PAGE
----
It was also decided that the road would have a minimum width of , which would be enough room for five lanes (presumably with a center suicide lane). At the time, it often took two or three hours to go the fifteen miles (24 km) from New York Citymarker to the far border of Elizabethmarker, and the new highway would take off over an hour. Grades would be at most 3.5%, and curves would have radii of at least .

Construction

As part of the Holland Tunnelmarker project, the Interstate Tunnel Commission widened the four blocks of 12th and 14th Streets in Jersey City from Jersey Avenue to Provost Street. 12th Street was widened to west of Grove Street, with the remaining block, at the toll plaza, being wide. 14th Street, and the two blocks of Jersey Avenue carrying westbound traffic to the 12th Street Viaduct, were widened to . The Port of New York Authority later built the 14th Street Viaduct to avoid the turns to and from Jersey Street, but turned it over to the New Jersey State Highway Commission.

As part of the project, current U.S. Route 1-9 Truck was built under the Pennsylvania Railroad at Charlotte Circle and east to Tonnelle Circlemarker. This was bypassed by the Pulaski Skywaymarker, the last part of the route to be built; prior to its completion, traffic used what is now US 1-9 Truck.

The city of Elizabethmarker opposed the alignment along Spring Street, preferring the use of Division Street, but lost the argument.

section opening date
Section 20 - Edgar Road to Jersey Street, including the Elizabeth River Viaduct between June 29 and July 4, 1930
Jersey Street to North Avenue used the existing Spring Street
North Avenue Elizabeth to South Street Newark
Section 5 - from South Street to Wilson Avenue
Section 4 - north of Wilson Avenue

December 16, 1928 (northbound side 1949)
Pulaski Skywaymarker November 24, 1932
The underpass under the Pennsylvania Railroad at Charlotte Circle, now U.S. 1-9 Truck soon before March 17, 1929
Section 3 - now U.S. Route 1-9 Truck from Charlotte Circle to Tonnelle Circlemarker
Section 2 - cut through the Palisades (now NJ 139)
December 16, 1928
Section 1 - 12th Street Viaduct July 4, 1927 (parallel 14th Street Viaduct February 13, 1951)
Holland Tunnelmarker November 13, 1927


Route 25: 1927-1953

In the 1927 renumbering, the majority of the Jersey City-Camden corridor, made of Routes 1 and 2, was assigned Route 25. The one major difference was near Trentonmarker; the new Route 25 bypassed Trenton via the old Bordentown and South Amboy Turnpike, cutting from Route 1 at Robbinsville southwest to Route 2 at Bordentownmarker. Route 1 west from Robbinsville to Trenton became part of Route 33, and Route 2 became part of Route 37 from Trenton to White Horse and Route 39 from White Horse to Bordentown. Additionally, the former Route 1 between Elizabethmarker and New Brunswickmarker became part of Route 27; a new alignment was planned from Elizabeth to south of New Brunswick, running east of the existing road and connecting directly with the Route 1 Extension. The short spur to the Tacony-Palmyra Ferry became Route S41N.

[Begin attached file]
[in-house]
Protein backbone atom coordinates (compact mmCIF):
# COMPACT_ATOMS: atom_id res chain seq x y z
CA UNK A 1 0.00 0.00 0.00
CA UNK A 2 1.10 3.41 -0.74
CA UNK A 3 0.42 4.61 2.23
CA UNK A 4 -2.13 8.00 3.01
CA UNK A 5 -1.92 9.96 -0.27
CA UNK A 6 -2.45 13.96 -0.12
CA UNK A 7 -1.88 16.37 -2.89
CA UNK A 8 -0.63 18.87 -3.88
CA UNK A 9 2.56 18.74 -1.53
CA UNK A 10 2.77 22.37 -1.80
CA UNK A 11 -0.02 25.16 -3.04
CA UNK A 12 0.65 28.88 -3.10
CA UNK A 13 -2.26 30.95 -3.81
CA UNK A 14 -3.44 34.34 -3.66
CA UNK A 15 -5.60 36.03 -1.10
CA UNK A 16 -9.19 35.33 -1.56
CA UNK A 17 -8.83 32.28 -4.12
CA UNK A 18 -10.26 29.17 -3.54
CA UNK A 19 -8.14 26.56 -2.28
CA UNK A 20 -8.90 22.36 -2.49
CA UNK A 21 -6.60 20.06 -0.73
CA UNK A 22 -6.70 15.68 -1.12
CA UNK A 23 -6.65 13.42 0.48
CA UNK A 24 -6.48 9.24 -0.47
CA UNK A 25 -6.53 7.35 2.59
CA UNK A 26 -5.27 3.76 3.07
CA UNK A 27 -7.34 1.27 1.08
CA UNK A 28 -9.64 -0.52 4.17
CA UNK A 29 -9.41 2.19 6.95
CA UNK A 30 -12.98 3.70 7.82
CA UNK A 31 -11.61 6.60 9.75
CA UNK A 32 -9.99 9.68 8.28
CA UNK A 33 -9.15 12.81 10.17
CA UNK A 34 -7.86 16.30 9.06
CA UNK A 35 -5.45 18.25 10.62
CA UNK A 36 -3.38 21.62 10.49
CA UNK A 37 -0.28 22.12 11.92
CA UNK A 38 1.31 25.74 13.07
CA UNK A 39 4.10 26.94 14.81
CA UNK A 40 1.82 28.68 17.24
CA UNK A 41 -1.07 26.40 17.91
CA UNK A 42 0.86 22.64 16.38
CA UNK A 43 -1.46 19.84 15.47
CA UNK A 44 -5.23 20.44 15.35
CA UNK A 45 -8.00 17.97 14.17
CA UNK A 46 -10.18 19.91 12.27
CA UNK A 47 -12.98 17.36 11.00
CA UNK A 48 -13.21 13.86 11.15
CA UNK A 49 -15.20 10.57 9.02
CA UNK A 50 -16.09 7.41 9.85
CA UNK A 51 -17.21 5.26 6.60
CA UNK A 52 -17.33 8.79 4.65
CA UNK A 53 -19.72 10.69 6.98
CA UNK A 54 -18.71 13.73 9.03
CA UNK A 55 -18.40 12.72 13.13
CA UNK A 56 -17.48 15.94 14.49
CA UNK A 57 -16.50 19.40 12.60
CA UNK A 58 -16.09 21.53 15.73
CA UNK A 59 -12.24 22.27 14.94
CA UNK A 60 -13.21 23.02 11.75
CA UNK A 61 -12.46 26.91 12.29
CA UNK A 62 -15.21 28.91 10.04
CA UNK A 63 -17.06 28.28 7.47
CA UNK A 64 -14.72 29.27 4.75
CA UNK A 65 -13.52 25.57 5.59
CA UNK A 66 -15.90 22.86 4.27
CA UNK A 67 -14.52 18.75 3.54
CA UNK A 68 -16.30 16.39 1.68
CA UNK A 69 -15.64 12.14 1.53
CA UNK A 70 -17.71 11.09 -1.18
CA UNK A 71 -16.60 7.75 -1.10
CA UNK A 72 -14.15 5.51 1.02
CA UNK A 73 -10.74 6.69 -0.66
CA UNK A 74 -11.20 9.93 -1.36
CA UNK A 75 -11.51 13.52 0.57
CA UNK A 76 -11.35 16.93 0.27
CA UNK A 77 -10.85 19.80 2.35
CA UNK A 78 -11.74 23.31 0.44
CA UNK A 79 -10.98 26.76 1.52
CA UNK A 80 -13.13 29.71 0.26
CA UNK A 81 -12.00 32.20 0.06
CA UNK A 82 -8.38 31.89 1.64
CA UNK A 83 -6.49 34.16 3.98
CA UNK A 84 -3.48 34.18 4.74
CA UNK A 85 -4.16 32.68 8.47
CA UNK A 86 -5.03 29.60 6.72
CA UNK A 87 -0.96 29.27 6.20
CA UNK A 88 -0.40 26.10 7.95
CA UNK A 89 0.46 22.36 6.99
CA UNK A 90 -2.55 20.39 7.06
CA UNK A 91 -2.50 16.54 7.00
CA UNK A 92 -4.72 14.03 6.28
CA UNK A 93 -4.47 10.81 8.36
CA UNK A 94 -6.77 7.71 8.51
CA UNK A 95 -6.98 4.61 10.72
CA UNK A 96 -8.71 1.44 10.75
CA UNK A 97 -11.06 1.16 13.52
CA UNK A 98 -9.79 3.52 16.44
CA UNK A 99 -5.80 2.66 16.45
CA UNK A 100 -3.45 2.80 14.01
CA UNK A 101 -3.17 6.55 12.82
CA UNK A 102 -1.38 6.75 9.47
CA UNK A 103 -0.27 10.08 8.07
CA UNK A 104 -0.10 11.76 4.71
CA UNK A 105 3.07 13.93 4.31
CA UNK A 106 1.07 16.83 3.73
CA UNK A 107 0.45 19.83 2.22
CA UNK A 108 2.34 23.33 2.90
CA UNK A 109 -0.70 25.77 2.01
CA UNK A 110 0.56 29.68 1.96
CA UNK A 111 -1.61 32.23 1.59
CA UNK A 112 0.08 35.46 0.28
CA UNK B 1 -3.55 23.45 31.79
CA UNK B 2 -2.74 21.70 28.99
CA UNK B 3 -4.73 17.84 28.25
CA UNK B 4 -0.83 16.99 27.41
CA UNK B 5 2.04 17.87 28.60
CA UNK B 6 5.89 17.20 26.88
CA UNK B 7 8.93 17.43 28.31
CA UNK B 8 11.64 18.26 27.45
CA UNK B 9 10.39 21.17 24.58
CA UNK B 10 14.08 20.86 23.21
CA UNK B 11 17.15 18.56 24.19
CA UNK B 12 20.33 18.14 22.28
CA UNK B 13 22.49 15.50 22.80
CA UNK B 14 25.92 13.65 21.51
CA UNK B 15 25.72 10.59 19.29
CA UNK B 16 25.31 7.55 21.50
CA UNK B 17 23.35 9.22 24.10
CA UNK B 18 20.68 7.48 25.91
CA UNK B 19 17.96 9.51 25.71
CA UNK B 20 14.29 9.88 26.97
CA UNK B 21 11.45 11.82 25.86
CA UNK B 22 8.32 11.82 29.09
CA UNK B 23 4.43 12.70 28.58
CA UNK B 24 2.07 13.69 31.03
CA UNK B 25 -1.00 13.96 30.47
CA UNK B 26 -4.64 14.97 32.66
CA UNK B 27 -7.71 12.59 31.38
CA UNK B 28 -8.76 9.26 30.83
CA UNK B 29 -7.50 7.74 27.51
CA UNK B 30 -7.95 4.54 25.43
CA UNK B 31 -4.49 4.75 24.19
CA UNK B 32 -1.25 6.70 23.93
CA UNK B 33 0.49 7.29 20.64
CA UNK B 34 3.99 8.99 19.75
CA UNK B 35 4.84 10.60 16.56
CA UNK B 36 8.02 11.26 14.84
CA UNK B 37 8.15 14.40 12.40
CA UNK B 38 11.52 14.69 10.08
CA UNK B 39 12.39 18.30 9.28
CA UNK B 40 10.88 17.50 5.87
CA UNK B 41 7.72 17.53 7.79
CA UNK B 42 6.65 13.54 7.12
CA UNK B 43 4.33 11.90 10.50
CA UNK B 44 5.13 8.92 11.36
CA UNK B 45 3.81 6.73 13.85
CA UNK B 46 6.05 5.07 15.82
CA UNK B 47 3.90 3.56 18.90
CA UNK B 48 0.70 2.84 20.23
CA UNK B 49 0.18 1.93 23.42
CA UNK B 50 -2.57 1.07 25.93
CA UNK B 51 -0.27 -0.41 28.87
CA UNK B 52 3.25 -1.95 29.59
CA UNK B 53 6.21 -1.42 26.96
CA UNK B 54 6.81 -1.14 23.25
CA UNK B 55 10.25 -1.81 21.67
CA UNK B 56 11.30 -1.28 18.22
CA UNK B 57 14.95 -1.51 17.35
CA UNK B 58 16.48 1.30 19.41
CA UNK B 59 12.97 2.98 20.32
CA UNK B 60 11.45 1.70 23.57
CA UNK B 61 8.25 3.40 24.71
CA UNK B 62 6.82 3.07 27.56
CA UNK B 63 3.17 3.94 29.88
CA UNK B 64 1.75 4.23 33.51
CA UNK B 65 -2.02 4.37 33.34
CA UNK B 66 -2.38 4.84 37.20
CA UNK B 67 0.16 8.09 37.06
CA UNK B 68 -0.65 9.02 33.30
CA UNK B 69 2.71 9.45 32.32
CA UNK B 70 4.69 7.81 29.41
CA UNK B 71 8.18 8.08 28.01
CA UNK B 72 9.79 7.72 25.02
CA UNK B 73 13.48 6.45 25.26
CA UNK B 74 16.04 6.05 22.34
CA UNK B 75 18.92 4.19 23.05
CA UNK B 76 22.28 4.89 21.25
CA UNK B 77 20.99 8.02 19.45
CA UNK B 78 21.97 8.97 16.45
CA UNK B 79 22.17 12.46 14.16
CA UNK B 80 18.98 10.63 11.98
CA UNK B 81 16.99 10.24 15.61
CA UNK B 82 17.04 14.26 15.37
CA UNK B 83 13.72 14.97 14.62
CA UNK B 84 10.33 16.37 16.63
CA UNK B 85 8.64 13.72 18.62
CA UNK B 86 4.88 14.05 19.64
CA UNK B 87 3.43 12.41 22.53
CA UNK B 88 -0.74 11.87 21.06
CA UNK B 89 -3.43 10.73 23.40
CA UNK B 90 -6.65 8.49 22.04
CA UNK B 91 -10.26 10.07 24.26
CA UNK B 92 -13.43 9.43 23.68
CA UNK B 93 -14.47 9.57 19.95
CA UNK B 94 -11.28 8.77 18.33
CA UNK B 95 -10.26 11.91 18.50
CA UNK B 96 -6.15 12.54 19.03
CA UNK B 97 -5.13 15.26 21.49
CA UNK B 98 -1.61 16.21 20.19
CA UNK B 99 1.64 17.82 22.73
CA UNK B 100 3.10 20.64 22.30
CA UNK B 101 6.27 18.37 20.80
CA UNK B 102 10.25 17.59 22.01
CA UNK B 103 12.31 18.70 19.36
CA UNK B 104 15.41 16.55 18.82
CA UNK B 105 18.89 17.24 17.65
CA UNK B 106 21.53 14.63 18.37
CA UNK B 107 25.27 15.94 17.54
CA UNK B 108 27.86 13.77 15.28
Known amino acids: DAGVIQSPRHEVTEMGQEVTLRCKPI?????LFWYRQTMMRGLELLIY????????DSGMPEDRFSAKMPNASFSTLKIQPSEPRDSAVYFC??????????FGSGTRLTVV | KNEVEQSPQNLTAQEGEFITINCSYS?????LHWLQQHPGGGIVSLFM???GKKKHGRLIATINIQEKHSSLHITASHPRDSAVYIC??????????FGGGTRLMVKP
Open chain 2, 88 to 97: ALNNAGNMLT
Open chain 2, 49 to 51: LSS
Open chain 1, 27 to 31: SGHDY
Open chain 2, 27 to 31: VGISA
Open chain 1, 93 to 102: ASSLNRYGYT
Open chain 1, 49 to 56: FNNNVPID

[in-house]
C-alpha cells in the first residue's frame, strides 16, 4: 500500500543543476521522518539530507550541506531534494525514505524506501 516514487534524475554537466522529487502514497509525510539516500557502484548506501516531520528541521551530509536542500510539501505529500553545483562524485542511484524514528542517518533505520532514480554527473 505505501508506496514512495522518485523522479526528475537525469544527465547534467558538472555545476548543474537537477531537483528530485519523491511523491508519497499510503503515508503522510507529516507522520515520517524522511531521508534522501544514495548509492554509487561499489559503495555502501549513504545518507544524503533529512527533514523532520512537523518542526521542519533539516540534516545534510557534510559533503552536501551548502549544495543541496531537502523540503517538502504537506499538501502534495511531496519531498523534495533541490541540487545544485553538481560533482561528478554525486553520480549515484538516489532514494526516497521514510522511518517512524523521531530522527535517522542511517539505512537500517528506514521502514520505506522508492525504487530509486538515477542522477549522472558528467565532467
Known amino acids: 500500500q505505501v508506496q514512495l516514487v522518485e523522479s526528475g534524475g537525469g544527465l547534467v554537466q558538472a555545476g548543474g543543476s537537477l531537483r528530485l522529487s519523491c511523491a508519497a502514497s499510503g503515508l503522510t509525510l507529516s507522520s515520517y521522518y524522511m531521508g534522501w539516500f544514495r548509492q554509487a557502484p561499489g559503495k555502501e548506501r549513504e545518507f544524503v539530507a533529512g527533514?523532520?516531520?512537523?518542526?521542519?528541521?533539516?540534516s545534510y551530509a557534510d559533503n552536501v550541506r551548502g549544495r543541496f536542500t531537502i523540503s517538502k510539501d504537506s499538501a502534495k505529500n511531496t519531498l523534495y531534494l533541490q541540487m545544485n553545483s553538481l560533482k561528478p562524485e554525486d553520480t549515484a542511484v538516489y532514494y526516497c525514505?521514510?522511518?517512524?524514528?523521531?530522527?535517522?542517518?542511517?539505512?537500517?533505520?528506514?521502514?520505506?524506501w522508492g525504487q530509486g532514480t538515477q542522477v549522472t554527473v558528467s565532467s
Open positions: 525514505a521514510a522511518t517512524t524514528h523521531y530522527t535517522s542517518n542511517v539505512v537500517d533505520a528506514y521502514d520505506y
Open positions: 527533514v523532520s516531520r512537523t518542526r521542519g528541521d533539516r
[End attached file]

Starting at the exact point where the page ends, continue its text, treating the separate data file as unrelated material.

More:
Also in 1927, U.S. Route 1 was assigned to Route 25 north of the New Brunswick area (temporarily signed along Route 27 until Route 25 was finished) and U.S. Route 130 was assigned south to Camden.

North of New Brunswick, the new 50 foot (15 m) wide alignment was completed September 27, 1930; the last part to open was the reconstruction of Edgar Road through Lindenmarker, held up by a grade crossing elimination with the Baltimore and New York Railroad. The part of old Route 1 to the south border of New Brunswick became Route 25M. The Pulaski Skywaymarker opened in 1932; sources disagree about whether the old route (U.S. Route 1-9 Truck) became another Route 25M, Route 25T, or an un-suffixed section of 25. (The eastern half of the old road was part of post-1927 New Jersey Route 1.)

The embankment in Newark was doubled ca. 1949, with a new four-lane northbound roadway. The 12th Street Viaduct in Jersey City was supplemented with the 14th Street Viaduct, opened on February 13, 1951.

Many bypasses were built south of New Brunswick:

In the 1953 renumbering, the whole route was decommissioned in favor of the U.S. Routes that were signed along it - US 30, US 130, US 1 and US 1 Business.

See also



References